Behavioural aversion, as a consequence of sensory perception of semiochemicals indicating a disadvantage to the recipient, is associated with inappropriate food and animals that are unsuitable as hosts. For rodents, semiochemicals derived from predators have already been studied, but insufficient knowledge is currently available for these to be used as push components of the push–pull strategy. Figure 3 includes some of the chemicals involved for the cat Felis domesticus [13] and the red fox Vulpes vulpes [14], again with unknown genetics in the emitting animal.

Volatile compounds from predator cats (felinine) and red fox (TMT)

Figure 3
Volatile compounds from predator cats (felinine) and red fox (TMT)
Figure 3
Volatile compounds from predator cats (felinine) and red fox (TMT)

The range of repellents can be defined ecologically, and, for better understanding, should be separated from toxicants e.g. DDT [1,1,1-trichloro-2,2-bis-(p-chlorophenyl)ethane] and volatile pyrethroids such as metofluthrin, which appear to cause a sublethal aversion rather than a truly behavioural repellent effect. Behavioural repellents can be ranked according to their role in the ecology of the animal being repelled and have been best defined for arthropods attacking vertebrates [15,16]. The most widely commercially developed botanically derived repellents are thought to signal an inappropriate ecosystem for finding a vertebrate-derived blood meal. Traditionally, essential oils such as citronella from lemongrass, Cymbopogon spp., have been used, with more recently specific essential oil components being targeted, e.g. sesquiterpenes or the iridoid isoprenoids such as isomers of nepetalactone [17,18]. The essential oil components that cause true repellency appear to be detected by specific olfactory neurons in carnivorous insects such as mosquitoes, including vectors of pathogens causing malaria and Dengue fever, i.e. Anopheles gambiae sensu stricto and Aedes aegypti respectively. These same cells can, although they are less sensitive, respond to commercial repellents such as DEET (N,N-diethyltoluamide) [1921] and other products more recently developed by structure–activity relationship studies, e.g. picaridine.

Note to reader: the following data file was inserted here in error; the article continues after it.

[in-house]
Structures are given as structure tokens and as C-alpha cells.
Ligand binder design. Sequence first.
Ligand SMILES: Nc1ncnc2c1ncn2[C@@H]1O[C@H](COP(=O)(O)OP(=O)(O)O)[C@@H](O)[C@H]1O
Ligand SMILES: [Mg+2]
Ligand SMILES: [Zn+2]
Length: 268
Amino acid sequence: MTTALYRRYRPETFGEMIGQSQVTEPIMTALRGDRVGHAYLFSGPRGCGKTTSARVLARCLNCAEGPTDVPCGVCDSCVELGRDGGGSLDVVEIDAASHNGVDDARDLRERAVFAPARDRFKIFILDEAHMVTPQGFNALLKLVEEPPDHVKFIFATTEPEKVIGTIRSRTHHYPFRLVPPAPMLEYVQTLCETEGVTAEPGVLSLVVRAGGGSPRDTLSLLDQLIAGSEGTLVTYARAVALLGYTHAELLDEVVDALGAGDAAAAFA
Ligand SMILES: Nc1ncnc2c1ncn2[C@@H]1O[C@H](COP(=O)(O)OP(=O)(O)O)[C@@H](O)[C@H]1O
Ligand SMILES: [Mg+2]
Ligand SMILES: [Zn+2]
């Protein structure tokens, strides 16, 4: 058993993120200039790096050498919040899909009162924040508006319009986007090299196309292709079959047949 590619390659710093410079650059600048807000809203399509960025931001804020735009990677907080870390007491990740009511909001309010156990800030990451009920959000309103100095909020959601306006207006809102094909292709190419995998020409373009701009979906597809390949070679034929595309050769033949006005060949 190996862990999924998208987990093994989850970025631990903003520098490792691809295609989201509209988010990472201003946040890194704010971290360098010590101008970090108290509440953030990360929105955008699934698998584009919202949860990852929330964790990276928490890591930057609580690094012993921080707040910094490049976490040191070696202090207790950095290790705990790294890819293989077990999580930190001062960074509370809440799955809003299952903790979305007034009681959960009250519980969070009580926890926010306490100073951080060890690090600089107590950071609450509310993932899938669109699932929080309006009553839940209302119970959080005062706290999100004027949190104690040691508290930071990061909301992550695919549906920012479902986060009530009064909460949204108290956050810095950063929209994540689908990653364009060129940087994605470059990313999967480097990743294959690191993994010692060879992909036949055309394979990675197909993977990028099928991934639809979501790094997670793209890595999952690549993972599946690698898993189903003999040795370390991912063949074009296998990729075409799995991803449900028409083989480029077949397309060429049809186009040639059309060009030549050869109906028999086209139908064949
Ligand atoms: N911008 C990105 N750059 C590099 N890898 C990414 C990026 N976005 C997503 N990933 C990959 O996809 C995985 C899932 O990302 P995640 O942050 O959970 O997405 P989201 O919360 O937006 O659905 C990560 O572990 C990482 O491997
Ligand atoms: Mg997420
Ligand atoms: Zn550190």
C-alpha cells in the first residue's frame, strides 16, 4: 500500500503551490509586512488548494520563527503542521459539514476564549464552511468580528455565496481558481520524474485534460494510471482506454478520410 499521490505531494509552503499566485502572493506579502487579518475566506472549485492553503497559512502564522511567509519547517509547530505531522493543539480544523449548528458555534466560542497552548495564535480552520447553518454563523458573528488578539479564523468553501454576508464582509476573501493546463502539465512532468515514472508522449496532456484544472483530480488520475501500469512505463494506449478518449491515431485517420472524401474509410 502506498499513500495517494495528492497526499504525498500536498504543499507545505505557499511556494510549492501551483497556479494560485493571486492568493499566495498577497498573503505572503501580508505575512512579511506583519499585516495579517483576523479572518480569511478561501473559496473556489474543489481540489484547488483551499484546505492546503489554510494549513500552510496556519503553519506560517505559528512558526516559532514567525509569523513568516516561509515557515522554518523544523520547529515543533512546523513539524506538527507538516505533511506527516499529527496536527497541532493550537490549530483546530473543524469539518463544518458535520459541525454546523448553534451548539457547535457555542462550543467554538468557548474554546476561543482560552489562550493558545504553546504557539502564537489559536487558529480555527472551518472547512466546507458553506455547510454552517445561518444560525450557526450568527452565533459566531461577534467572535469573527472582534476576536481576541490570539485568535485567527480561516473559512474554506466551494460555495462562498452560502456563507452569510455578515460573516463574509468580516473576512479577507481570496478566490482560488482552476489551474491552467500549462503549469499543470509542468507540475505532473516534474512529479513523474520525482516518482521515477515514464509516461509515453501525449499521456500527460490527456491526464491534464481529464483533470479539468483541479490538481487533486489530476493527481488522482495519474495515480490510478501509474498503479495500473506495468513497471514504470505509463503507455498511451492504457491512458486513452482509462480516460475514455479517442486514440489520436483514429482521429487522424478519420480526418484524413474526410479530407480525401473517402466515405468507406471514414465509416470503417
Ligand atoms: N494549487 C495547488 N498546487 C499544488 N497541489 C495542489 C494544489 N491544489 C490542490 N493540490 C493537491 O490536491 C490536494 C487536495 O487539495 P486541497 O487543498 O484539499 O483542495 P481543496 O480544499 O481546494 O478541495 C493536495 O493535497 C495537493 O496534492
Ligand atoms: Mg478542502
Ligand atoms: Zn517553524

The next level of repellency is derived for semiochemicals from species close to the host taxa. From work at the icipe (International Centre of Insect Physiology and Ecology), based in Kenya and including unpublished work (R. Saini, personal communication) on the control of tsetse flies, repellents have been developed from the waterbuck Kobus defassa. Although closely related to the preferred host species, this member of the Bovidae is not attacked by G. morsitans and the repellent compounds have been identified [22,23]. A similar example is an arthropod that attacks salmonid fish, the salmon louse Lepeophtheirus salmonis, which is highly developed at the free swimming copopodid stage in locating and attaching to host salmonids, but avoids turbot, Scophthalmus maximus [2426]. In three seasons, fish farming pens holding salmon had significantly reduced levels of fish lice when protected with a polymeric rope providing a slow release of the single turbot component 2-aminoacetophenone [27].